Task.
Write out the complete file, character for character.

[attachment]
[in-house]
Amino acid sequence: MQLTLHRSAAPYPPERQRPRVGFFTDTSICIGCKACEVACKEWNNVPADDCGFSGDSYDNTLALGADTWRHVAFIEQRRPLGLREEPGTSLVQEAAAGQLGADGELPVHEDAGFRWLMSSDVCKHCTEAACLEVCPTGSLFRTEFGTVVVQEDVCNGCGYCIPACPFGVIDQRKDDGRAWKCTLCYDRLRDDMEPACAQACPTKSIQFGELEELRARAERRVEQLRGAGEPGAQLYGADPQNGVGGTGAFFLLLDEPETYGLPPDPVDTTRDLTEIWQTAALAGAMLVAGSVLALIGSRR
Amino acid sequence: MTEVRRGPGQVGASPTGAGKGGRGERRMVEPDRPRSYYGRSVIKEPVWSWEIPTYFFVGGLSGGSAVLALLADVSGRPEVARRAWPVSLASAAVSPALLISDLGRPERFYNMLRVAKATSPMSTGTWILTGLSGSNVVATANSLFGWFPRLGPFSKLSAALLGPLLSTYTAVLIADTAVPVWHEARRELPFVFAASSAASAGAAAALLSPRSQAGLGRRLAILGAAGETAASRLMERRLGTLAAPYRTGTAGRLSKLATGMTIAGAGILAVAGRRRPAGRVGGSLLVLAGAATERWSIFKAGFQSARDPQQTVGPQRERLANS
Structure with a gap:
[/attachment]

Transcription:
[in-house]
Amino acid sequence: MQLTLHRSAAPYPPERQRPRVGFFTDTSICIGCKACEVACKEWNNVPADDCGFSGDSYDNTLALGADTWRHVAFIEQRRPLGLREEPGTSLVQEAAAGQLGADGELPVHEDAGFRWLMSSDVCKHCTEAACLEVCPTGSLFRTEFGTVVVQEDVCNGCGYCIPACPFGVIDQRKDDGRAWKCTLCYDRLRDDMEPACAQACPTKSIQFGELEELRARAERRVEQLRGAGEPGAQLYGADPQNGVGGTGAFFLLLDEPETYGLPPDPVDTTRDLTEIWQTAALAGAMLVAGSVLALIGSRR
Amino acid sequence: MTEVRRGPGQVGASPTGAGKGGRGERRMVEPDRPRSYYGRSVIKEPVWSWEIPTYFFVGGLSGGSAVLALLADVSGRPEVARRAWPVSLASAAVSPALLISDLGRPERFYNMLRVAKATSPMSTGTWILTGLSGSNVVATANSLFGWFPRLGPFSKLSAALLGPLLSTYTAVLIADTAVPVWHEARRELPFVFAASSAASAGAAAALLSPRSQAGLGRRLAILGAAGETAASRLMERRLGTLAAPYRTGTAGRLSKLATGMTIAGAGILAVAGRRRPAGRVGGSLLVLAGAATERWSIFKAGFQSARDPQQTVGPQRERLANS
Structure with a gap: